3. Personal Development

Throughout my life I have been an active learner and retirement provides an awesome opportunity to learn and develop skills. My focus will likely fall into two areas where I have a strong passion: music, photography. There are many other areas that I would like to explore during retirement.

4. Finances

Even though we will have enough financial resources during retirement, I will need to look at how I intend to be a responsible steward. Roughly 70% of our income during retirement is stable, that is, not subject to stock market volatility. The balance will come from my investments. Becoming a strong money manager and a better investor will be an important part of being retired.

5. Faith

Faith and ministry have been fundamental to my life and I could not enter my retirement years without ensuring that I remain true to my mission and values as well as my service as a disciple.

This framework is what I will use to develop my goals. And I know that my goals will not necessarily be Lorraine’s goals. Lorraine will build her list. And then we will compare notes and talk about our goals together as a couple.

Retirement Goals

pass

We have been to Walt Disney World so many times that we know pretty much what to expect. But there was a time, our first time, when we did not know what to expect and, for us, that experience was magical. We enjoyed it so much that we kept going back, year after year after year.

Within the next 12 – 18 months, Lorraine and I will enter a different gate, a gate that leads us into our golden years, a period of life called retirement. This will be our first time and we do not know what to expect. We hope that our experience during this part of our life will be magical.

If you search Google for retirement goals, you will receive a lot of hits, most of which focus on financial goals as if those are the only really important goals. Even then, the financial goals are wildly divergent. The financial services industry would like you to believe that it is necessary to build multi-million dollar portfolios to generate 100% of working income in retirement. Then there are those folks less optimistic who advocate working until you die. Retirement will never be a reality.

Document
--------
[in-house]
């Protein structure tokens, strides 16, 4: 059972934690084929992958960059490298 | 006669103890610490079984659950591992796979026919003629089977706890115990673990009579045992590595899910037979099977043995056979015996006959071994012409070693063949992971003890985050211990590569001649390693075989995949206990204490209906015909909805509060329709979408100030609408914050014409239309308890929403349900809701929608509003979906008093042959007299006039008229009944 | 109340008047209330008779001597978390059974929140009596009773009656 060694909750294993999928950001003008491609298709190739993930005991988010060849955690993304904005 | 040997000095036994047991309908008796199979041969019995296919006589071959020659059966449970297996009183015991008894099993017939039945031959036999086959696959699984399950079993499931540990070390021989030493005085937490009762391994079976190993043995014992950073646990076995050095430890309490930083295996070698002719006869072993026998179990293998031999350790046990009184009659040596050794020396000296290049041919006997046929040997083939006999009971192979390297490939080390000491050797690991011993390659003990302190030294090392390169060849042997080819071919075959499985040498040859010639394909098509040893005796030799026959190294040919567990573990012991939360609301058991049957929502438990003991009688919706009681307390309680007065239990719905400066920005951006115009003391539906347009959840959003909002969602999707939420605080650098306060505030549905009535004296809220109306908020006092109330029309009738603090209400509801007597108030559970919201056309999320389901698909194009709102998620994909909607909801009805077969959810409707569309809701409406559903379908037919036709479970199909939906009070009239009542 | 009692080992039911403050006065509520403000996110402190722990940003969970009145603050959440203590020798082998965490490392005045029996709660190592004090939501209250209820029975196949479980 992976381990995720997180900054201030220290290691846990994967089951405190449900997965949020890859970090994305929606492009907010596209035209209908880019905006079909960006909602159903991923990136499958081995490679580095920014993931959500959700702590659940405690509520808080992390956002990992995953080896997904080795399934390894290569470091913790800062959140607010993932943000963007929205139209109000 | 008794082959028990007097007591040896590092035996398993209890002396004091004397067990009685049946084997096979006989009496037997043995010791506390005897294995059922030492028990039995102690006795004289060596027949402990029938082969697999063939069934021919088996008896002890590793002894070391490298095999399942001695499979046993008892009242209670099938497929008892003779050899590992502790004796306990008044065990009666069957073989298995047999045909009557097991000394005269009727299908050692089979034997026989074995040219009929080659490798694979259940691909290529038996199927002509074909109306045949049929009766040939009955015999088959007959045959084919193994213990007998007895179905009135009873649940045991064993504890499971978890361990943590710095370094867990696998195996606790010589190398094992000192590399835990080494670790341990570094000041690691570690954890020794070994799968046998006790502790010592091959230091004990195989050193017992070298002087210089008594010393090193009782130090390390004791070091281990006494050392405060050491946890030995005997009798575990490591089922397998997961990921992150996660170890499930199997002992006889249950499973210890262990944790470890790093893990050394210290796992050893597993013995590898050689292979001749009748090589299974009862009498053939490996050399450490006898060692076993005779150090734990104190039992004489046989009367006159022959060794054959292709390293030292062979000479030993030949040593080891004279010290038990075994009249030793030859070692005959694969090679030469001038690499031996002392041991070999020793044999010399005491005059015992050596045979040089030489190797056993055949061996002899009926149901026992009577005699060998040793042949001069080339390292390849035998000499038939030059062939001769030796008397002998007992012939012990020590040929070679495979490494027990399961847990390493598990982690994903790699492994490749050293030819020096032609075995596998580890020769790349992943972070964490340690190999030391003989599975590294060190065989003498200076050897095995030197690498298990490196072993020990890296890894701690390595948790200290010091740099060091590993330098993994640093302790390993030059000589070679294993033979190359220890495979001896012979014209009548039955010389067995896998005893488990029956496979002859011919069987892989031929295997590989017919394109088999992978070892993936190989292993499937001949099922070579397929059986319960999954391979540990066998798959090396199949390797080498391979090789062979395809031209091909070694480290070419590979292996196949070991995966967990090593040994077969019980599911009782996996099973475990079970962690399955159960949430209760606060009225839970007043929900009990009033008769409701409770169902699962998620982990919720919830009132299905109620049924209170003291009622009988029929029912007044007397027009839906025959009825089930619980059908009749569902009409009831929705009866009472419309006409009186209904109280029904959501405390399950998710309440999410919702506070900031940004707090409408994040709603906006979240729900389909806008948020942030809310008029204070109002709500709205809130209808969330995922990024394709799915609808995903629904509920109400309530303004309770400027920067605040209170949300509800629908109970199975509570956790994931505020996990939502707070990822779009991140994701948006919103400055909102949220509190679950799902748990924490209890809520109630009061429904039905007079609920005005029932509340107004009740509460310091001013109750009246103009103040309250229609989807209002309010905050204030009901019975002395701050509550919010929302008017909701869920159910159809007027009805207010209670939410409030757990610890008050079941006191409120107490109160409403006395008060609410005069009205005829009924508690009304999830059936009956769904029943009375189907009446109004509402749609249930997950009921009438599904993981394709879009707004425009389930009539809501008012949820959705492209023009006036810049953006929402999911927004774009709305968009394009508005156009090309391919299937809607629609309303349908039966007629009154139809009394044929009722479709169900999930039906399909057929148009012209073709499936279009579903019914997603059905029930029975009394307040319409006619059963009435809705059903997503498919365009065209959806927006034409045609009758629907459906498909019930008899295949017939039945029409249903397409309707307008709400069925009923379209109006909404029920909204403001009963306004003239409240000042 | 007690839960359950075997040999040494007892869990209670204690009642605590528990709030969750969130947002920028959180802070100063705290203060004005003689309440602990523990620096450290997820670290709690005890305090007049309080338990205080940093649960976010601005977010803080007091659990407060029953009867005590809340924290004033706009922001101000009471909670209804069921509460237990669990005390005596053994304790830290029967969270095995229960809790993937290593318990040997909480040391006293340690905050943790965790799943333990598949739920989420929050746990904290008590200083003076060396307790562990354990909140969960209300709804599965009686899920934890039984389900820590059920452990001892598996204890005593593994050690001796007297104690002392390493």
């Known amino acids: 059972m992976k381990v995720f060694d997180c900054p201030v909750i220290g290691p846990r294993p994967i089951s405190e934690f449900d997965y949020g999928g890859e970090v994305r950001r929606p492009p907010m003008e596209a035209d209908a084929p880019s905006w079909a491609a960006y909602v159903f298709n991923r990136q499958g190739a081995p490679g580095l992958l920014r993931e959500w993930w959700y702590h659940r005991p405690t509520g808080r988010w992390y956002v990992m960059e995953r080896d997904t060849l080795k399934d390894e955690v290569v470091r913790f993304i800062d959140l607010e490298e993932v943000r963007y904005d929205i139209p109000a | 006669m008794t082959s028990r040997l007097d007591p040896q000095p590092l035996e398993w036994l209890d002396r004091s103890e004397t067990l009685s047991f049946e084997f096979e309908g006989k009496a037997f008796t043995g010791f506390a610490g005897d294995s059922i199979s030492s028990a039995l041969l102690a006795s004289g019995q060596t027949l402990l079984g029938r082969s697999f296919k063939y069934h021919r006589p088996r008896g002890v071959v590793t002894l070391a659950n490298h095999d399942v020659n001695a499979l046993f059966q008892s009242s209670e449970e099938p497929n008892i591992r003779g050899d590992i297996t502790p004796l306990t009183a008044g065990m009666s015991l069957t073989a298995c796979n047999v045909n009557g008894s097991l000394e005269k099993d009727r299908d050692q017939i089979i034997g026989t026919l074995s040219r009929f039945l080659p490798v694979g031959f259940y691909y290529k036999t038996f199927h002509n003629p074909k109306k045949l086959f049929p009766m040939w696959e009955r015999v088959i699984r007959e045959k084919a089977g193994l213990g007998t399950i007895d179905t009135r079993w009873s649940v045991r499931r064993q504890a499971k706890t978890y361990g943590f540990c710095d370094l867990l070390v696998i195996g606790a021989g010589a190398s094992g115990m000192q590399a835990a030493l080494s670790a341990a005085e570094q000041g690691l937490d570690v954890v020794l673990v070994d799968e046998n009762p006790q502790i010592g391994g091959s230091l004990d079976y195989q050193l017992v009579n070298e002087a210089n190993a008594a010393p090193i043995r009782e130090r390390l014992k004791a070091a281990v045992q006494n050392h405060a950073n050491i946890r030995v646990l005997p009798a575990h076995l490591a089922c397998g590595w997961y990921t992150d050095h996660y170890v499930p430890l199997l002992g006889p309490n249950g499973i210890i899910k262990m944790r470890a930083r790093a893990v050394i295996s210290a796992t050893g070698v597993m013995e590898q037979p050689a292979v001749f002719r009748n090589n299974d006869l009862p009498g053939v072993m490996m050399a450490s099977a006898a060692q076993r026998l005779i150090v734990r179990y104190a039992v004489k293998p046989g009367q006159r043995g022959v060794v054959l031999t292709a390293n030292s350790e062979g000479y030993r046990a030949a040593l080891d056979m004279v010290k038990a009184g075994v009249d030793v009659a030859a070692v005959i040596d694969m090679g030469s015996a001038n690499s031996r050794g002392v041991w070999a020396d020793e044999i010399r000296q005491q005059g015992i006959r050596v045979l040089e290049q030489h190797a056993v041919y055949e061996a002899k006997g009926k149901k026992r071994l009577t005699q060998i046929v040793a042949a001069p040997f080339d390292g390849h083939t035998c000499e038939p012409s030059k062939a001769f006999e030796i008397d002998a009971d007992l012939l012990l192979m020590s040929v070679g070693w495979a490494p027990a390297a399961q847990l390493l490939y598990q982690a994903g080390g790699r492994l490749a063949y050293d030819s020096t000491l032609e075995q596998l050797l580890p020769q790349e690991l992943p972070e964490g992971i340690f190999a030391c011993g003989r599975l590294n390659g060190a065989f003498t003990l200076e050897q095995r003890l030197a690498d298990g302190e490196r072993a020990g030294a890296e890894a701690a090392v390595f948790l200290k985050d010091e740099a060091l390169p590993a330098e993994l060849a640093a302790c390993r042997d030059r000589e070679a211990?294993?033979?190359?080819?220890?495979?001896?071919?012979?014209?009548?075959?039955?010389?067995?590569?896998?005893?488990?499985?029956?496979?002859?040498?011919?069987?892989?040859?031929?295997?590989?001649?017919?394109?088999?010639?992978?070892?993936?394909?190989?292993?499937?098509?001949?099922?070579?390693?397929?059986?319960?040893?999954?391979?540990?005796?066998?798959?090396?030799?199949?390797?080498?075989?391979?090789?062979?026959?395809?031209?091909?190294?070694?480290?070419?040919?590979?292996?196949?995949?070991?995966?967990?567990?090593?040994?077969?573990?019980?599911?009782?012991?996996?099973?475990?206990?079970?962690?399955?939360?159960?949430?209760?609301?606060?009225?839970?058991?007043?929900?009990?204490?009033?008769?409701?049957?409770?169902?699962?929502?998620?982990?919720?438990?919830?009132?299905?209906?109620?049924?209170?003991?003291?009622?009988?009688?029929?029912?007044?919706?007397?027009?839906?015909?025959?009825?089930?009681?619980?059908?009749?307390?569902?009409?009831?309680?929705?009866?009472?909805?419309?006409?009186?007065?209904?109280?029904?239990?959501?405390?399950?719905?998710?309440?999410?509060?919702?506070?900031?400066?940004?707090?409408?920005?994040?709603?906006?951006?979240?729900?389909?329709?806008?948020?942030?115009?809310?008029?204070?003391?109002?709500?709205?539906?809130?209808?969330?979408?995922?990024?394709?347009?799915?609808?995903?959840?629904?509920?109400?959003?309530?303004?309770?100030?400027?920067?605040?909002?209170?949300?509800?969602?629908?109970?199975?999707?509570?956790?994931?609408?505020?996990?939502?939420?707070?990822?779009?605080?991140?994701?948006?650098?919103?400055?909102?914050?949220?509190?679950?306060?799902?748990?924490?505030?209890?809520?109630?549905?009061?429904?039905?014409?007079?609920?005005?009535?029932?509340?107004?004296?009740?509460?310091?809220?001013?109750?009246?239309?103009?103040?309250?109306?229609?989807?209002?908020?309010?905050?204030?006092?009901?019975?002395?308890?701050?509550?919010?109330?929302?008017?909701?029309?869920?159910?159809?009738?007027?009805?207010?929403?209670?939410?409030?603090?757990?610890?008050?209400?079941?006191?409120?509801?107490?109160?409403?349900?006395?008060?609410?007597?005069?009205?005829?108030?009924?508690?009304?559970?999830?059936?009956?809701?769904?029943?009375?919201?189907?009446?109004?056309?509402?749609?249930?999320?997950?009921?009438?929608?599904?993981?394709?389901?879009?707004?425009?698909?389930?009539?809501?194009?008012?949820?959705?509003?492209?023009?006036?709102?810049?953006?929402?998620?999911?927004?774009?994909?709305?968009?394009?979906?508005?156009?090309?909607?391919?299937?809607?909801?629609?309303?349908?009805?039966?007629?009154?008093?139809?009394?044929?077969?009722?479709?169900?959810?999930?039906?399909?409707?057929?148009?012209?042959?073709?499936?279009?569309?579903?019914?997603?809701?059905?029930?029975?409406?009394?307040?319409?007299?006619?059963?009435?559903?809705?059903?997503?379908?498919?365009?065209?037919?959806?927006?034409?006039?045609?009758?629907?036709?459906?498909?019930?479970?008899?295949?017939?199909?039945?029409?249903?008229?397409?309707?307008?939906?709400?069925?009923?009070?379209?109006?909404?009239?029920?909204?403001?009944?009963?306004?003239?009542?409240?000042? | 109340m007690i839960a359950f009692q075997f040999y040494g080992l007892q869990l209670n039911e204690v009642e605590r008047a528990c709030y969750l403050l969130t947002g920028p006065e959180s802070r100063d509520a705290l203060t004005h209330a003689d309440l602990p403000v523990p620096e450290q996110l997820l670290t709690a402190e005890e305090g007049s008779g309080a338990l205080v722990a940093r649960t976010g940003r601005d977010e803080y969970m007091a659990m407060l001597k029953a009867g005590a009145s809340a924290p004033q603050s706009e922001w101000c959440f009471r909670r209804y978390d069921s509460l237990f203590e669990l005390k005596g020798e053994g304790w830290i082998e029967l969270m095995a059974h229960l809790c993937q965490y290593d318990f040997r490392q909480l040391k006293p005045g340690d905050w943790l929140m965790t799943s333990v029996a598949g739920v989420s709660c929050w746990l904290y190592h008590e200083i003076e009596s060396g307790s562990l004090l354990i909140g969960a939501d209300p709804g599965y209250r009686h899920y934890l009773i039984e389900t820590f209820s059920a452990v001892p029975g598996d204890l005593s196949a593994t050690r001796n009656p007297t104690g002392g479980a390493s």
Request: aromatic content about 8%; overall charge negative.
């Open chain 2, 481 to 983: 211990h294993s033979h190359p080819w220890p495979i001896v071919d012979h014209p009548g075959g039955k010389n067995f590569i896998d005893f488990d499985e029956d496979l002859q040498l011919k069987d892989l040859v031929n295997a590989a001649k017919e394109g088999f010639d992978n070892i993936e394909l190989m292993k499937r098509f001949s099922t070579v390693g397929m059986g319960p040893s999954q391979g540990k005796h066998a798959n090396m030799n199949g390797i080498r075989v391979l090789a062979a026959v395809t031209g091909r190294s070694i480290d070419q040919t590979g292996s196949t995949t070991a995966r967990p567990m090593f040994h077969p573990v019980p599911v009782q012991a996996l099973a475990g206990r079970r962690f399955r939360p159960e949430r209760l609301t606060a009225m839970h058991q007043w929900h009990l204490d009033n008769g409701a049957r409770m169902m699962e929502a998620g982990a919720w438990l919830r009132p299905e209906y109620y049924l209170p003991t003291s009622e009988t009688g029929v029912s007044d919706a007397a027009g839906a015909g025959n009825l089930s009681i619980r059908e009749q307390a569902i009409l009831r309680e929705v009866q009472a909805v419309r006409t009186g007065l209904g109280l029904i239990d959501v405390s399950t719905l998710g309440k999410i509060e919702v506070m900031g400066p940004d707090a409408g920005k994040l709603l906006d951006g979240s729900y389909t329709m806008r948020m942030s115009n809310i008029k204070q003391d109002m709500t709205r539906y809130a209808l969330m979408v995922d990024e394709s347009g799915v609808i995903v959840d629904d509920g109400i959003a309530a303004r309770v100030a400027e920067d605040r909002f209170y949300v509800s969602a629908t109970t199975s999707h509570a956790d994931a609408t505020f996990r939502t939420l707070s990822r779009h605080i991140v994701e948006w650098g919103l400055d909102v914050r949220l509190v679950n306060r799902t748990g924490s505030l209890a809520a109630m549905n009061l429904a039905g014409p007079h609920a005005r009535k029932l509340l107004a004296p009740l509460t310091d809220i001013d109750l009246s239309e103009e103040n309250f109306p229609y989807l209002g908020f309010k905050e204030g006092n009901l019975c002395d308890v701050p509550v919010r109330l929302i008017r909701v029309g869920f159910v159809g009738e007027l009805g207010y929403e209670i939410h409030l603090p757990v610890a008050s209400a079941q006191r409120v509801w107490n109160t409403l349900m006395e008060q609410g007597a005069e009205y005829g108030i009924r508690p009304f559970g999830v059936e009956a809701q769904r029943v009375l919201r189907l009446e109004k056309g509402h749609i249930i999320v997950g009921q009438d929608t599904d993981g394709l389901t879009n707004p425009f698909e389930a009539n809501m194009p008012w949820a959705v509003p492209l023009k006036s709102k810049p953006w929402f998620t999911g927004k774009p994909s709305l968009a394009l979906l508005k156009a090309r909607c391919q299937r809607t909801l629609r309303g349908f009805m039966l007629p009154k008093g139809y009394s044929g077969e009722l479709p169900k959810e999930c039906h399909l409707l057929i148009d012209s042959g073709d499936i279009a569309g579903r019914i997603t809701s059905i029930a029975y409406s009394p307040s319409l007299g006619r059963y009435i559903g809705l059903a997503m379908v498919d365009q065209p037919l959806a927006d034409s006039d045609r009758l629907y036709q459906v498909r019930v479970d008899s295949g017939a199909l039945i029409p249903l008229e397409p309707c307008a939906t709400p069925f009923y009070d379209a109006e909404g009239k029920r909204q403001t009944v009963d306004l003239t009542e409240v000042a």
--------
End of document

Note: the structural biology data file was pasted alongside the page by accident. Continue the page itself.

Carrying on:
The truth is that you will have whatever you have in the way of financial resources at retirement. No more. No less. In our case, we will have pension income from my defined benefits pensions, investment income from our investment portfolio and income from our government pensions. At retirement, we will have no less than 13 sources of income to manage assuming that we do nothing in retirement to generate employment or business income.

How much will we need in retirement? How much is enough?

For us, the financial questions are no longer relevant. We have what we have and it will be enough.

The bigger question, now that retirement is getting so close, is to think through our vision for our retirement years. What will it look like? What will we do?

Lorraine and I have taken some actions to get ourselves ready for retirement. We have our house up for sale. We have purchased our coach, our home on wheels for when we are doing our extended travelling from whatever might pass as our home base in retirement. We have our financial models that look at how we will manage our financial assets during retirement.

But where do we start to set our goals for retirement?

This will be our first exercise:

We will start setting our retirement goals by creating a list of thirty goals on a sheet of paper. The first ten goals will be easy to identify, the next ten will be somewhat harder to recognize, and the last ten will hopefully help us discover our inner retirement dreams. We will each create a list of retirement goals independently, and then compare them afterwards.

I will let you know how that exercise turns out.